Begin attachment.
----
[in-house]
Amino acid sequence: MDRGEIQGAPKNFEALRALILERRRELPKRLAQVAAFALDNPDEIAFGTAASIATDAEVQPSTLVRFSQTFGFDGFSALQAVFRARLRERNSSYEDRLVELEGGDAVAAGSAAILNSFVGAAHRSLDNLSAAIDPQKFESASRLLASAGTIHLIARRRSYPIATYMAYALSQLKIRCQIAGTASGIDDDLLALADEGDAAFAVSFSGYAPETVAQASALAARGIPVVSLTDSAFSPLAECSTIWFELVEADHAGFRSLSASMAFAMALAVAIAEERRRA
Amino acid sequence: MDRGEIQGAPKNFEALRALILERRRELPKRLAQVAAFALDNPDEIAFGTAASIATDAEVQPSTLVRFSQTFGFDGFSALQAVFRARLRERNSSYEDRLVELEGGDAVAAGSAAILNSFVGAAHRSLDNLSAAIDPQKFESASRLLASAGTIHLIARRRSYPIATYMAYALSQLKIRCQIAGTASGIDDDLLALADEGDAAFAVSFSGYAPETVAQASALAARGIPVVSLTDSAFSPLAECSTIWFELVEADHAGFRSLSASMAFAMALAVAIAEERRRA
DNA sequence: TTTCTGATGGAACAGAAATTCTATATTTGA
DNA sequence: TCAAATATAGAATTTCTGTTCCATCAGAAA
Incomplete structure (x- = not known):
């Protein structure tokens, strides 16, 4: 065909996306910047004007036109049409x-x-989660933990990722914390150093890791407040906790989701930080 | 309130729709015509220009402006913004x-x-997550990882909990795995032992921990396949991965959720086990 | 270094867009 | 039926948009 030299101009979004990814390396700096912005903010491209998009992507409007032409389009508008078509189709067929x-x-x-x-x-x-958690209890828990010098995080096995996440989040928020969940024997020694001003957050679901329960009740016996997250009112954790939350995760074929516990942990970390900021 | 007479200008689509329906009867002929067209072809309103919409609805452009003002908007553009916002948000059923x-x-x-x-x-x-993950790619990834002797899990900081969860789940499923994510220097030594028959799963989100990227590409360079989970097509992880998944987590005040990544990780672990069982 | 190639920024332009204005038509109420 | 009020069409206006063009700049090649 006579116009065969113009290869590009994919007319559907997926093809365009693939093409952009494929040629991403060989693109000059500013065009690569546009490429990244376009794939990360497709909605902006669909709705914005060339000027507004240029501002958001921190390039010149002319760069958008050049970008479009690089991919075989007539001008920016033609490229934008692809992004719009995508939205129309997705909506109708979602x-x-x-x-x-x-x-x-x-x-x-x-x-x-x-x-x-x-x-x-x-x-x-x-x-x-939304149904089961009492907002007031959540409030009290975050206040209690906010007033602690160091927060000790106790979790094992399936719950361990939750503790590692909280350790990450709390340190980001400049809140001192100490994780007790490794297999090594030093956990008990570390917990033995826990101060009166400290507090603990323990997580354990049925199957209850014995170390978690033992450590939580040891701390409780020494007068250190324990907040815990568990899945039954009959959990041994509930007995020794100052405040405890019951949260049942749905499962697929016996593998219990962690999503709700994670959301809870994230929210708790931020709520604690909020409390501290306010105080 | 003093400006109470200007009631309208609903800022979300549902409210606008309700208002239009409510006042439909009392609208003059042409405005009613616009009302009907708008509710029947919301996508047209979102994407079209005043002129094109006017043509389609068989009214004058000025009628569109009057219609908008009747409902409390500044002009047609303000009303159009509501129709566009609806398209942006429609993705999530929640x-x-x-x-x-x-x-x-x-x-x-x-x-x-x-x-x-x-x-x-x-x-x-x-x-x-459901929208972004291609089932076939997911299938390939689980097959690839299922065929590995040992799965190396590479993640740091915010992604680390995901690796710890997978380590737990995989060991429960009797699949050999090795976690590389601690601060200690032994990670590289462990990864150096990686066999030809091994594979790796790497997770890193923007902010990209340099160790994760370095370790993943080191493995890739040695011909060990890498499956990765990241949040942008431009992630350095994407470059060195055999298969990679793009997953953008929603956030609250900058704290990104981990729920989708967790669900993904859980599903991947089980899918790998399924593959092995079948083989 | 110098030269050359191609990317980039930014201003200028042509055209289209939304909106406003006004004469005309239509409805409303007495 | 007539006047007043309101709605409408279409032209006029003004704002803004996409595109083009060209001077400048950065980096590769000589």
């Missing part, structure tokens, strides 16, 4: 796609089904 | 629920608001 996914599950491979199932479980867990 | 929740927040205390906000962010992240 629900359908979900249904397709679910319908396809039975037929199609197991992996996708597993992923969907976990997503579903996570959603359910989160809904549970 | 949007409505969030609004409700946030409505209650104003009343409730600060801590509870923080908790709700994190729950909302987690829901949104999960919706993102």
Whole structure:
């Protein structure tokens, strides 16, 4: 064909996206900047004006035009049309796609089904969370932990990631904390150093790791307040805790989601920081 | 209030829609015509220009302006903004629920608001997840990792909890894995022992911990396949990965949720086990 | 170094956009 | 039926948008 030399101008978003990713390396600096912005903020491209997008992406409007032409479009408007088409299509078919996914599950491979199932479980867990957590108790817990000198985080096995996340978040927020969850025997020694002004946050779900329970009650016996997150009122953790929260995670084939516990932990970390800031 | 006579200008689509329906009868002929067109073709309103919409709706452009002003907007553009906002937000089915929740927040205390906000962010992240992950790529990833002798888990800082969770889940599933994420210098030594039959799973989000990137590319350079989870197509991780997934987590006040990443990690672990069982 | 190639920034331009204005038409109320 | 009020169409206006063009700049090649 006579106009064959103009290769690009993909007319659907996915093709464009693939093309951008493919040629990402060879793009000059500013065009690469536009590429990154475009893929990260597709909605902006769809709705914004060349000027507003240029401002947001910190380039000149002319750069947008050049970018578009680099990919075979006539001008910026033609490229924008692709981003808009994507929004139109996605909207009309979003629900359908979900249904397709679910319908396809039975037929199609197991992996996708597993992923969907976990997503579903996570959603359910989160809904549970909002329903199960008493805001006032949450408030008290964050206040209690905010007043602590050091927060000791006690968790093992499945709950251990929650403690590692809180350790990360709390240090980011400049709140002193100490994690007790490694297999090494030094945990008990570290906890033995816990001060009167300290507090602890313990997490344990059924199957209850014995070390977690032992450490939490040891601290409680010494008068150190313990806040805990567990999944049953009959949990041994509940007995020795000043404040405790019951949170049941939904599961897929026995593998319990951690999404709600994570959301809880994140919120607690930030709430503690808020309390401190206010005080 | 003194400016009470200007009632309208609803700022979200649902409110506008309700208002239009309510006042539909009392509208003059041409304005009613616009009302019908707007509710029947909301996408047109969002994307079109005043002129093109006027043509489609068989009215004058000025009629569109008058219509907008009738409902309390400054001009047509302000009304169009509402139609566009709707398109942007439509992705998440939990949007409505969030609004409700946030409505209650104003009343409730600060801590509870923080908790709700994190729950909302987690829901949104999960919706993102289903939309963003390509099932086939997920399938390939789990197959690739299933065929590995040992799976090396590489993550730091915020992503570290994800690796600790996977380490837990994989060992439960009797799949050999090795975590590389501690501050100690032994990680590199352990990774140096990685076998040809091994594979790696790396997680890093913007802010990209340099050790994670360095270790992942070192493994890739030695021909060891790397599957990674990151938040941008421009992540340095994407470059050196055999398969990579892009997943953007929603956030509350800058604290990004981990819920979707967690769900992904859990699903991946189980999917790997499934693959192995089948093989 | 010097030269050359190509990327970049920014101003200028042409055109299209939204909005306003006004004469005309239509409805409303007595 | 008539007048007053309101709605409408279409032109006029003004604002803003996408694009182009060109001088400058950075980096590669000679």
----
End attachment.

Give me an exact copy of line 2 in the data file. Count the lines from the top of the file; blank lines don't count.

Amino acid sequence: MDRGEIQGAPKNFEALRALILERRRELPKRLAQVAAFALDNPDEIAFGTAASIATDAEVQPSTLVRFSQTFGFDGFSALQAVFRARLRERNSSYEDRLVELEGGDAVAAGSAAILNSFVGAAHRSLDNLSAAIDPQKFESASRLLASAGTIHLIARRRSYPIATYMAYALSQLKIRCQIAGTASGIDDDLLALADEGDAAFAVSFSGYAPETVAQASALAARGIPVVSLTDSAFSPLAECSTIWFELVEADHAGFRSLSASMAFAMALAVAIAEERRRA